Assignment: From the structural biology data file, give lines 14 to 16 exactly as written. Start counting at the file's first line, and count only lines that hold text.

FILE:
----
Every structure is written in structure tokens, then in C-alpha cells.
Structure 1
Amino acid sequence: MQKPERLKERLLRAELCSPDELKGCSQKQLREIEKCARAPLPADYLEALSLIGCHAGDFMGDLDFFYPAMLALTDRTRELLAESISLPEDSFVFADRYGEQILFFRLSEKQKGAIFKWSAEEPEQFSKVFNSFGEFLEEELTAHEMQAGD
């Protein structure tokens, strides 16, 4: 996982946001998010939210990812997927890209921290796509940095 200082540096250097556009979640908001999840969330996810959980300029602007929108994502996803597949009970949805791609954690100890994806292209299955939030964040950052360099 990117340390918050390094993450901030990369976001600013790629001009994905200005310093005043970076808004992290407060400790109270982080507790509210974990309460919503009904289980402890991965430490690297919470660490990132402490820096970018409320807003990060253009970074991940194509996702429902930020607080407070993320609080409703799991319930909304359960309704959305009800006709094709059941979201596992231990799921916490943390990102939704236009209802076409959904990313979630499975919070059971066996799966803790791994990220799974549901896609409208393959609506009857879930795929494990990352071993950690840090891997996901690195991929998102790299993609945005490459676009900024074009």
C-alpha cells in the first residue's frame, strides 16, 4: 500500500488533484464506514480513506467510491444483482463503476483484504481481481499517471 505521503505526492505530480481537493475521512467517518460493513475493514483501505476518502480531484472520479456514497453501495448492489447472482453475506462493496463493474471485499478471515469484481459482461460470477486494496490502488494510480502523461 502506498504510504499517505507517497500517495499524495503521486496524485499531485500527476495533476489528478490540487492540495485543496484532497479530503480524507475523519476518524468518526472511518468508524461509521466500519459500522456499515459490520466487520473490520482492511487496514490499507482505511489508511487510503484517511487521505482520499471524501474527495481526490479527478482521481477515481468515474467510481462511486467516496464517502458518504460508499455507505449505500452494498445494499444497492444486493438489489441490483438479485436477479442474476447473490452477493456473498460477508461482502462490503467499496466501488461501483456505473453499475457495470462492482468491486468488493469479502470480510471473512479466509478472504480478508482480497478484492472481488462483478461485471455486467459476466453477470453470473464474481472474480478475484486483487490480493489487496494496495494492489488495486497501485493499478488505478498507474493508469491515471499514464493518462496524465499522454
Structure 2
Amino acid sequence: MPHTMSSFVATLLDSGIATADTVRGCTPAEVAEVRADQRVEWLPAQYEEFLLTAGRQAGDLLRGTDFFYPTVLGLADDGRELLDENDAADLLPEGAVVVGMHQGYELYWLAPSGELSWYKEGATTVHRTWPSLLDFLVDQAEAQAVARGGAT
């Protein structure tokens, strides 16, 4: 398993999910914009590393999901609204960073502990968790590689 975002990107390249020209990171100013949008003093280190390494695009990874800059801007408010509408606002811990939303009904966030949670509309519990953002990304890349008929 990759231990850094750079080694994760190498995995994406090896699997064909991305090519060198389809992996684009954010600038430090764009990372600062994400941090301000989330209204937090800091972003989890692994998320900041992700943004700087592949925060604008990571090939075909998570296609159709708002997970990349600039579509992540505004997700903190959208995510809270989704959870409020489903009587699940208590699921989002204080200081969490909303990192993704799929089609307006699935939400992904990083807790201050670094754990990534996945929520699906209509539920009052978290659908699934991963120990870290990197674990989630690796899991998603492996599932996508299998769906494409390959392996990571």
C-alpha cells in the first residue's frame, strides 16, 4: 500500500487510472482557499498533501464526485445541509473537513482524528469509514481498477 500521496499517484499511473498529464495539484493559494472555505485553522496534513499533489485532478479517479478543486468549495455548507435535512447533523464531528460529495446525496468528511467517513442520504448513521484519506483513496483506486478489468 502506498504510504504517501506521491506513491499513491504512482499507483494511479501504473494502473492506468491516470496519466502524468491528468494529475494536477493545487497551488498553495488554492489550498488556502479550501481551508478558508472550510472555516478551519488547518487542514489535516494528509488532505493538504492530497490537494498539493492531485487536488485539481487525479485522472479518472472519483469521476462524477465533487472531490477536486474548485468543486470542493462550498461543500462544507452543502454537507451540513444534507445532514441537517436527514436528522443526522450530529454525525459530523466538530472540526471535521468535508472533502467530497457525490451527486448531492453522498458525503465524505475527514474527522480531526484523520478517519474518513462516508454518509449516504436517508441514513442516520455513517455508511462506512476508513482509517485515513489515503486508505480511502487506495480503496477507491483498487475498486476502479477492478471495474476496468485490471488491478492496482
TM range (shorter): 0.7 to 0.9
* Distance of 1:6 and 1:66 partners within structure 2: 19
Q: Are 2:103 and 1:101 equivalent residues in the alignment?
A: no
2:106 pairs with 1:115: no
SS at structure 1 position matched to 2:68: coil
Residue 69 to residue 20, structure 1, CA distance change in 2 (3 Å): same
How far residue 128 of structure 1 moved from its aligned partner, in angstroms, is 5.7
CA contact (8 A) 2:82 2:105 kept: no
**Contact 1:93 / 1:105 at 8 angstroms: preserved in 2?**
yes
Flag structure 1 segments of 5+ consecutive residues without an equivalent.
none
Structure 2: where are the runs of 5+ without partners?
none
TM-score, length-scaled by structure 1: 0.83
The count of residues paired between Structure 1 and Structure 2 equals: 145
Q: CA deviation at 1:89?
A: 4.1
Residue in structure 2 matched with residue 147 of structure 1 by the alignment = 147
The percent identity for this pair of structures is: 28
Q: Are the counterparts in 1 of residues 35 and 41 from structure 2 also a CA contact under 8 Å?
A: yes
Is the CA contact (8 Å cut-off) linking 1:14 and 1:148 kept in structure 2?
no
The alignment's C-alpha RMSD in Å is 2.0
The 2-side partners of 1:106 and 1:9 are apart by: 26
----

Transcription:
2:106 pairs with 1:115: no
SS at structure 1 position matched to 2:68: coil
Residue 69 to residue 20, structure 1, CA distance change in 2 (3 Å): same